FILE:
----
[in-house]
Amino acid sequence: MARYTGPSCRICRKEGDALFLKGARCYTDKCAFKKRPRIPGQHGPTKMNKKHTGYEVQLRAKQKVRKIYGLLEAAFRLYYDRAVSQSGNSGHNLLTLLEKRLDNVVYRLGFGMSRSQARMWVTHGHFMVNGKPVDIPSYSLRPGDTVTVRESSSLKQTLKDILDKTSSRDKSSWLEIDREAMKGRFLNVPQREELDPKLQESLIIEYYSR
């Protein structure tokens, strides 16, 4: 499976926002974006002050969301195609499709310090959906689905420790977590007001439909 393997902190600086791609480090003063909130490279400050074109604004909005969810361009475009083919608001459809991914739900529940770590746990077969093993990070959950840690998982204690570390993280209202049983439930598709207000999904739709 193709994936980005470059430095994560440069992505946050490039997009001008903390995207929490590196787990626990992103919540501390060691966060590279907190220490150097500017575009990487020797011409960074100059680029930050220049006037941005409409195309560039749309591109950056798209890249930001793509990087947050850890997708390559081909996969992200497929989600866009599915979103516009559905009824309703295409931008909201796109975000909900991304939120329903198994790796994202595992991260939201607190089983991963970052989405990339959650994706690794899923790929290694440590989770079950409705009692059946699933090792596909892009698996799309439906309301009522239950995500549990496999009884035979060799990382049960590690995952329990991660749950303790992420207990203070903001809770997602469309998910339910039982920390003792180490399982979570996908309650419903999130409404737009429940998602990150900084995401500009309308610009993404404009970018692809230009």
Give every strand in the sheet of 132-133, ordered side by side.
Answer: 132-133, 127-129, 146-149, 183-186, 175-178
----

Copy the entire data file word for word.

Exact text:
[in-house]
Amino acid sequence: MARYTGPSCRICRKEGDALFLKGARCYTDKCAFKKRPRIPGQHGPTKMNKKHTGYEVQLRAKQKVRKIYGLLEAAFRLYYDRAVSQSGNSGHNLLTLLEKRLDNVVYRLGFGMSRSQARMWVTHGHFMVNGKPVDIPSYSLRPGDTVTVRESSSLKQTLKDILDKTSSRDKSSWLEIDREAMKGRFLNVPQREELDPKLQESLIIEYYSR
């Protein structure tokens, strides 16, 4: 499976926002974006002050969301195609499709310090959906689905420790977590007001439909 393997902190600086791609480090003063909130490279400050074109604004909005969810361009475009083919608001459809991914739900529940770590746990077969093993990070959950840690998982204690570390993280209202049983439930598709207000999904739709 193709994936980005470059430095994560440069992505946050490039997009001008903390995207929490590196787990626990992103919540501390060691966060590279907190220490150097500017575009990487020797011409960074100059680029930050220049006037941005409409195309560039749309591109950056798209890249930001793509990087947050850890997708390559081909996969992200497929989600866009599915979103516009559905009824309703295409931008909201796109975000909900991304939120329903198994790796994202595992991260939201607190089983991963970052989405990339959650994706690794899923790929290694440590989770079950409705009692059946699933090792596909892009698996799309439906309301009522239950995500549990496999009884035979060799990382049960590690995952329990991660749950303790992420207990203070903001809770997602469309998910339910039982920390003792180490399982979570996908309650419903999130409404737009429940998602990150900084995401500009309308610009993404404009970018692809230009």
Give every strand in the sheet of 132-133, ordered side by side.
Answer: 132-133, 127-129, 146-149, 183-186, 175-178